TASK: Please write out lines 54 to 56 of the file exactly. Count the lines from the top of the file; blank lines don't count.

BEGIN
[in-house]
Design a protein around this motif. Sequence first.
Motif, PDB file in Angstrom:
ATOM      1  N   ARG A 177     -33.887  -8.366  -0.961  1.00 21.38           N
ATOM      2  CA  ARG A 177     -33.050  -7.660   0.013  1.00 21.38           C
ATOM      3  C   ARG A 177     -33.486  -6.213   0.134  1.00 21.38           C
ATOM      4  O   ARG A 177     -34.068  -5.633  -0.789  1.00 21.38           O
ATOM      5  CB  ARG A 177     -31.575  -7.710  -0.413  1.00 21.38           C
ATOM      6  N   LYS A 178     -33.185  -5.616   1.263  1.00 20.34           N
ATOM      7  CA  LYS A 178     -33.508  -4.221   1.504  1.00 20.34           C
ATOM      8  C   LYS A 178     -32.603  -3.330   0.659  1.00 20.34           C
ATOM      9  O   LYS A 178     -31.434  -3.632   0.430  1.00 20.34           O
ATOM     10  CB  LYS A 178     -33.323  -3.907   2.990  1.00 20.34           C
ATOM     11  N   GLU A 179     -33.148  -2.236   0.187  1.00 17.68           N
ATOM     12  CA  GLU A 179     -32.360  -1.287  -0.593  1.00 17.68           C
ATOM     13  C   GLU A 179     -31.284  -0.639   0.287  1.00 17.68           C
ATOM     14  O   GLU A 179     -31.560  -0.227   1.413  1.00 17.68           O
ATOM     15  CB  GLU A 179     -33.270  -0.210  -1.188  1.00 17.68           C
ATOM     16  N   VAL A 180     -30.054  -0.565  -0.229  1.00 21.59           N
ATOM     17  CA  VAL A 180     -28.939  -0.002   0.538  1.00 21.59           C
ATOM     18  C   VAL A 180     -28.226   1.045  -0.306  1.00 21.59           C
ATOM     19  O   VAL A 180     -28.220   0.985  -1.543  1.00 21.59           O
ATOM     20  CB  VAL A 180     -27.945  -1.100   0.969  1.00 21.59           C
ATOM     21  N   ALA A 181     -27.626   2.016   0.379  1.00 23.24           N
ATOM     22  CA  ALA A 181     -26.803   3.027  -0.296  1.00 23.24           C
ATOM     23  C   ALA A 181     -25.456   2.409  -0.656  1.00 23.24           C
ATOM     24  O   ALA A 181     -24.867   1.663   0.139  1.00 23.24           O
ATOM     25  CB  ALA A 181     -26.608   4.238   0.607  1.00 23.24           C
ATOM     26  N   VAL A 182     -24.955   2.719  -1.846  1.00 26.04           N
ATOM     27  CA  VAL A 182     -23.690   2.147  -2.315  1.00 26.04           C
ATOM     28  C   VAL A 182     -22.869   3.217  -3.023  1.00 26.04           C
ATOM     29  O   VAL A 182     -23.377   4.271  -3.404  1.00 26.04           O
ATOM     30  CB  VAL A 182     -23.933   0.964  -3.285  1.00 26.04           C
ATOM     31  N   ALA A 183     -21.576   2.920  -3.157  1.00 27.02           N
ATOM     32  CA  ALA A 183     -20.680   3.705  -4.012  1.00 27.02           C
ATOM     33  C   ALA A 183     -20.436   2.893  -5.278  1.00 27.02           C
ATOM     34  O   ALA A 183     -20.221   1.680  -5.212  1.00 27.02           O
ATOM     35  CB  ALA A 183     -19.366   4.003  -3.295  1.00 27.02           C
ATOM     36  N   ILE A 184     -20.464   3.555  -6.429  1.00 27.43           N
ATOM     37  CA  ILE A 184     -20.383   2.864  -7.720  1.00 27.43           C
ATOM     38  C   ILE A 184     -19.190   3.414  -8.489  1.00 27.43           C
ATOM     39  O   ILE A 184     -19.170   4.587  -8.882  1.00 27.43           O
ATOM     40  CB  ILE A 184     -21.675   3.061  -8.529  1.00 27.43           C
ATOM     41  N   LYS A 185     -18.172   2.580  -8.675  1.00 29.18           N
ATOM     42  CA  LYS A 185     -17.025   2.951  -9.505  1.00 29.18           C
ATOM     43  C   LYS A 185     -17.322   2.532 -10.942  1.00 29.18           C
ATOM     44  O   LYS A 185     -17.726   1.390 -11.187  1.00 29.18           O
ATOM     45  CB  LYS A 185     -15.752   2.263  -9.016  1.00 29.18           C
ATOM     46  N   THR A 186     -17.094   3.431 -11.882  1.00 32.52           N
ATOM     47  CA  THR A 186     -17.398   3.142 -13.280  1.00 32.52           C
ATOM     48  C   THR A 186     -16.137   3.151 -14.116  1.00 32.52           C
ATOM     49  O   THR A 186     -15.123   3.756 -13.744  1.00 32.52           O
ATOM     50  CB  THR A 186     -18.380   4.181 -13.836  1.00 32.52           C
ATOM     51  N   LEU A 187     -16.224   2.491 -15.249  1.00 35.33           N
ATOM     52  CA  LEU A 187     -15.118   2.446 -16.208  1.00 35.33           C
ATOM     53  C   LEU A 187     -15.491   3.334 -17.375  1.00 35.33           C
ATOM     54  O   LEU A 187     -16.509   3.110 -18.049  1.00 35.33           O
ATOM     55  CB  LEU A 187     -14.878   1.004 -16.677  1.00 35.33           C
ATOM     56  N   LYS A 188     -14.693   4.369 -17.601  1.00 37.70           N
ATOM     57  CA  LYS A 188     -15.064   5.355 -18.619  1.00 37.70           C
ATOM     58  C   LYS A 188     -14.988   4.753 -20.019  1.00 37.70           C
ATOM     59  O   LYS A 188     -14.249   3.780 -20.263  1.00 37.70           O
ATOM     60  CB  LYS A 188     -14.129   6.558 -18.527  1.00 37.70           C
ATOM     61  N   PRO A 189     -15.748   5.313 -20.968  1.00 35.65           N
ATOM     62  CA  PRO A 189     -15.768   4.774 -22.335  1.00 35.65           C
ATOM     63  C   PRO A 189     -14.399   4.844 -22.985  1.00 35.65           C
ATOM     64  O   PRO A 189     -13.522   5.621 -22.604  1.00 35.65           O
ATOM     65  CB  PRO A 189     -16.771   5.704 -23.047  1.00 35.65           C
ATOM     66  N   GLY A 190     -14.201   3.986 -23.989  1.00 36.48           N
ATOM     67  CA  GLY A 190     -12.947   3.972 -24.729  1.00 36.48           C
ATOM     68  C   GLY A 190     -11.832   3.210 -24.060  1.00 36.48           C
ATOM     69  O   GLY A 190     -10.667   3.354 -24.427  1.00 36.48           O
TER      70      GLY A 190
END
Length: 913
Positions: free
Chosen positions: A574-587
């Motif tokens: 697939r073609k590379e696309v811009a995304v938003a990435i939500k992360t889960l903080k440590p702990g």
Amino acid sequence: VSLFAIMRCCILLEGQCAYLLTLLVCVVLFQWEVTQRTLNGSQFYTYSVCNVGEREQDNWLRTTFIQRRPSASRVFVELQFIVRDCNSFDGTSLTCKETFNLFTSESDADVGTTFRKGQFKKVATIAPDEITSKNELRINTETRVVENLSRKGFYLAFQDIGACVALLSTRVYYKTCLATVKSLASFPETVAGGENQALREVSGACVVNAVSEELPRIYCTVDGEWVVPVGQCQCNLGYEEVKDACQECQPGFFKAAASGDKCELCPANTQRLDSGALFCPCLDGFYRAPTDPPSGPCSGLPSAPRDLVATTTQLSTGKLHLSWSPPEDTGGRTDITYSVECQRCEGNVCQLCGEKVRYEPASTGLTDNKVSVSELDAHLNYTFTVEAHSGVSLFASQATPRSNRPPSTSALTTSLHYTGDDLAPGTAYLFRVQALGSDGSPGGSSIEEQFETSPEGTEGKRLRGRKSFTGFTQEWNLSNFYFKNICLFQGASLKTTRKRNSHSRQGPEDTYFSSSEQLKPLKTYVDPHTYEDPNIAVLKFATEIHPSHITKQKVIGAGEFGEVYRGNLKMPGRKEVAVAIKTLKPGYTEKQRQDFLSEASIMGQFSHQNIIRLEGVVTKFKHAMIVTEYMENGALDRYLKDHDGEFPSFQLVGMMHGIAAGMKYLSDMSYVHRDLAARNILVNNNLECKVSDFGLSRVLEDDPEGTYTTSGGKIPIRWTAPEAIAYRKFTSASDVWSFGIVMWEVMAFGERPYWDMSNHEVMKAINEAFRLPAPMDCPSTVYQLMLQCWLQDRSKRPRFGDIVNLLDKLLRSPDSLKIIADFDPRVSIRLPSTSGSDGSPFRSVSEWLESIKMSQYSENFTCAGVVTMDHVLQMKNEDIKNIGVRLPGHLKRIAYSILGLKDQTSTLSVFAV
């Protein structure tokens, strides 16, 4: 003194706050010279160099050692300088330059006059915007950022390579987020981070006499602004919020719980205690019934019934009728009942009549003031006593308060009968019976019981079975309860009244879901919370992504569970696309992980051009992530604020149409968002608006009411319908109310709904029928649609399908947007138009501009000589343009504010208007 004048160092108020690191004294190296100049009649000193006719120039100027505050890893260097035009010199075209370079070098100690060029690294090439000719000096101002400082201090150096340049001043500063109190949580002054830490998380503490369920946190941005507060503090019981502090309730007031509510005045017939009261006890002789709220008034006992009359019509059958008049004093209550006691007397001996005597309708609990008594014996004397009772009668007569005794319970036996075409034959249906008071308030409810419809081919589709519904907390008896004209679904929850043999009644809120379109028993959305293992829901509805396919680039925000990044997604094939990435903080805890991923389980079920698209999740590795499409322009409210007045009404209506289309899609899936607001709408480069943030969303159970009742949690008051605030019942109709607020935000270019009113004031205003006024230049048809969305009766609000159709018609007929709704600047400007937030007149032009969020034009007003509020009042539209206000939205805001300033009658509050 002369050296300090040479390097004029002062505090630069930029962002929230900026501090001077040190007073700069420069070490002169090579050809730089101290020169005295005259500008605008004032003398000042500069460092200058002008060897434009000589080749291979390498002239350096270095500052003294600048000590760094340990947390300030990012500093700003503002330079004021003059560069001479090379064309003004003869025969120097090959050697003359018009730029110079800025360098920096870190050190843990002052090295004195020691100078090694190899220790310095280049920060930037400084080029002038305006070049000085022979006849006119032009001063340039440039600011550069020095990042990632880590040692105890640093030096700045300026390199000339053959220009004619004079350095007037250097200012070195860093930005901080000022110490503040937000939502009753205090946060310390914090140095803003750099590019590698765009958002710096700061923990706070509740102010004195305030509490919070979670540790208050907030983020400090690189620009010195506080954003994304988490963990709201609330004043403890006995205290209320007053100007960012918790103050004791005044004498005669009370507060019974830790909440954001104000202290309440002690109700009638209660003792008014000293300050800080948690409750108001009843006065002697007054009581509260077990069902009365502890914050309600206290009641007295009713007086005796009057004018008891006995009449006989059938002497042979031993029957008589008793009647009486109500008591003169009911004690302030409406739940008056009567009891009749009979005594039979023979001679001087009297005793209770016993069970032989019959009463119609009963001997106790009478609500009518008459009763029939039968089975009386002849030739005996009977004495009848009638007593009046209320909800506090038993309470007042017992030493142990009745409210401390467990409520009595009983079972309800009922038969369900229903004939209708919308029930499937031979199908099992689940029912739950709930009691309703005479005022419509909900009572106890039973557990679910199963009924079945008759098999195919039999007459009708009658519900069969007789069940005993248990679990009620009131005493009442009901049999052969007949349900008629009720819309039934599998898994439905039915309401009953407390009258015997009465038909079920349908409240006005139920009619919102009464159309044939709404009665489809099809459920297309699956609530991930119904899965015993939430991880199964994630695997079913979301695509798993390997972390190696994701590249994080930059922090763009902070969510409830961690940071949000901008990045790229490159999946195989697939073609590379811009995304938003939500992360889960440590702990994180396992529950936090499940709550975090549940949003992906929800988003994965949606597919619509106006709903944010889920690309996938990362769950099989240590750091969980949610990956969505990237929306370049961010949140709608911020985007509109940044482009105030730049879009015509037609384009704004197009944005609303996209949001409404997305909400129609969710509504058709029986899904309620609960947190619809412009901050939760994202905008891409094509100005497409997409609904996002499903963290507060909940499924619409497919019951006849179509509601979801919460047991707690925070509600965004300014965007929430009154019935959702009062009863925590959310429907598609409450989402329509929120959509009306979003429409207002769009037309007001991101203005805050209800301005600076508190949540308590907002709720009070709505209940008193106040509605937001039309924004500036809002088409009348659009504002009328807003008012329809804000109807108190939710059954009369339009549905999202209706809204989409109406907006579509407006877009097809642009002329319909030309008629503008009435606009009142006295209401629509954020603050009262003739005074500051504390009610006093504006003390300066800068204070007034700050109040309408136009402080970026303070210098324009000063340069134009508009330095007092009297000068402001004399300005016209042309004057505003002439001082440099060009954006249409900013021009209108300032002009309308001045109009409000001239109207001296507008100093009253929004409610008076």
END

ATOM     51  N   LEU A 187     -16.224   2.491 -15.249  1.00 35.33           N
ATOM     52  CA  LEU A 187     -15.118   2.446 -16.208  1.00 35.33           C
ATOM     53  C   LEU A 187     -15.491   3.334 -17.375  1.00 35.33           C